The judge also rejected defendant's request "that both parties be imputed income for the purpose of calculating child support based on Child Support Guidelines pursuant to R. 5:6A." In refusing to impute income to either party, the judge cited a paucity of proof as to the parties' "prior work history, occupational qualifications, educational background, or any job opportunities in the region," evidence the court would be required to consider under the Guidelines. See Child Support Guidelines, Pressler, Current N.J. Court Rules, Appendix IX-A to R. 5:6A at 2324 (2009).

The judge awarded $2000 in counsel fees to Lori pursuant to Rule 5:3-5(c):*fn1

The court has considered plaintiff's request for counsel fees . . . including (1) the financial circumstances of the parties; (2) the ability of the parties to pay their own fees or to contribute to the fees of the other party; (3) the reasonableness and good faith of the parties and (9) any other factor bearing on the fairness of the award. . . . [D]efendant is in a better financial position that [sic] plaintiff and has the ability to pay. . . . [D]efendant's motion lacked merit because he failed to provide evidence to support his allegation of financial difficulties.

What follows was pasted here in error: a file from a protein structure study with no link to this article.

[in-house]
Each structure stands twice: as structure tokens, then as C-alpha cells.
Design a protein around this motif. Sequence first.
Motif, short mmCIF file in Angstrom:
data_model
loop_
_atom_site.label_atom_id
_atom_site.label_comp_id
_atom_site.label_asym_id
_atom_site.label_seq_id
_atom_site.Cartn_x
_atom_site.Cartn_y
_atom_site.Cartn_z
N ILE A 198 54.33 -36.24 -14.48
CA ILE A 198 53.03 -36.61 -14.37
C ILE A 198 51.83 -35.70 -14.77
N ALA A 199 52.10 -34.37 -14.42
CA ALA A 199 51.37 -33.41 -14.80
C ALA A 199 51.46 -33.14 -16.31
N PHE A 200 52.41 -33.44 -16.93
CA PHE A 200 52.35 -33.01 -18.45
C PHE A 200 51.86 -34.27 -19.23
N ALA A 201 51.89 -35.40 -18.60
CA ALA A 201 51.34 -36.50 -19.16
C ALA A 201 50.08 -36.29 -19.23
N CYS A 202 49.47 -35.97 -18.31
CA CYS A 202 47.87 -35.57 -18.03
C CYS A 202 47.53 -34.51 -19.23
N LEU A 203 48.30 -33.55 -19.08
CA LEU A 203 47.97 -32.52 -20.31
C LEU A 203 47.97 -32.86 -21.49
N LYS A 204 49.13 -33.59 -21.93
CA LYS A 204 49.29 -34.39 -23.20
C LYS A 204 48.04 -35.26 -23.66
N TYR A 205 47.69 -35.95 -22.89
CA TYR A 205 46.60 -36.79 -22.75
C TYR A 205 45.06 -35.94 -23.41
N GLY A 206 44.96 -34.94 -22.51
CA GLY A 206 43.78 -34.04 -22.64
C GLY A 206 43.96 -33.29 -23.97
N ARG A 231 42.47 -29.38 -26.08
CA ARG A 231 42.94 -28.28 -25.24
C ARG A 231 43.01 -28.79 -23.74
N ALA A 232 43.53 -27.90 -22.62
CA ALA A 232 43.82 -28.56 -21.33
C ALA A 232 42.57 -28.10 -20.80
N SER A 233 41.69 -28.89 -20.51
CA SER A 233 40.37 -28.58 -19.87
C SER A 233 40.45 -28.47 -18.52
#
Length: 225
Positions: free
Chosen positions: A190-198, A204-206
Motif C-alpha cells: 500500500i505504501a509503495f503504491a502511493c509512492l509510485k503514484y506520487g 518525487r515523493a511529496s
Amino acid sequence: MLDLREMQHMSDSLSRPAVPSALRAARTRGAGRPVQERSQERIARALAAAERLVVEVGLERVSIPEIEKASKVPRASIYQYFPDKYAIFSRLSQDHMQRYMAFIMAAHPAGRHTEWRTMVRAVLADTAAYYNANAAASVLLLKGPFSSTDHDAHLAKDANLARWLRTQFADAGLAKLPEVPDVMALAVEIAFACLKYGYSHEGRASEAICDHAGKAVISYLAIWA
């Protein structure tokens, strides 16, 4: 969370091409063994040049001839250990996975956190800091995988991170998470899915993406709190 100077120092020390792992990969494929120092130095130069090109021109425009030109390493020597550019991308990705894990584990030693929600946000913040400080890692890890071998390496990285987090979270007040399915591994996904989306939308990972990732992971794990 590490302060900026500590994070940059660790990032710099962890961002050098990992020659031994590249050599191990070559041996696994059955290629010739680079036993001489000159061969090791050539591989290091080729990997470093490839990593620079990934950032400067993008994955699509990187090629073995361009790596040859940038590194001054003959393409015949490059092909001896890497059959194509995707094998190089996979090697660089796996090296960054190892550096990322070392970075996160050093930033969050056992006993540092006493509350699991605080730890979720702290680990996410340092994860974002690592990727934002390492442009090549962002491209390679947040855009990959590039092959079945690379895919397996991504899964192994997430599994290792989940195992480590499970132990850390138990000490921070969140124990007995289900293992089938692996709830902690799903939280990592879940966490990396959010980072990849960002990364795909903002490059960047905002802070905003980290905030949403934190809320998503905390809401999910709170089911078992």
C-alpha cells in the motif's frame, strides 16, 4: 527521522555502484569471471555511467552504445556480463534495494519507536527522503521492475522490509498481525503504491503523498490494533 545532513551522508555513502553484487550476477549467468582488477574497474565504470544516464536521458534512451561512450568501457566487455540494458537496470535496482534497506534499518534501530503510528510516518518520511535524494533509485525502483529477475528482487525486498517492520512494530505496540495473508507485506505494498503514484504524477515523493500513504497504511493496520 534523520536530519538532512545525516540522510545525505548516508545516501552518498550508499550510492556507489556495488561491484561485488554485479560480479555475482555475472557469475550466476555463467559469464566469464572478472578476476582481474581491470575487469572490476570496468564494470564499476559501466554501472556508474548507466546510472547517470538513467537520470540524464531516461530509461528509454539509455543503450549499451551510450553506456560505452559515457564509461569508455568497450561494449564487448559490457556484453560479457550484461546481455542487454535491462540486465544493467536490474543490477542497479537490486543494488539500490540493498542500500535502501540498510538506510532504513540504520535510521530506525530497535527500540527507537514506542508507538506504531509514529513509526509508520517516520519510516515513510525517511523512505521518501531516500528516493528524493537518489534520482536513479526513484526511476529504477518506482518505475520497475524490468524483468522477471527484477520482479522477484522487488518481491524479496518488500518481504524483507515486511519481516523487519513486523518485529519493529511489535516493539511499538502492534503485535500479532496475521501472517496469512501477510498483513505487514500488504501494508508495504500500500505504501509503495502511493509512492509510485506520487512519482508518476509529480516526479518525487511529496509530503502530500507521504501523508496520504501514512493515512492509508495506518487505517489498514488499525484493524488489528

Finally, the judge explained that "oral argument would not have advanced the court's understanding of these matters . . . . Reference to the PSA readily solved the matter. Moreover, oral argument would have caused the parties to incur further expenses that would not have affected the outcome here."

II.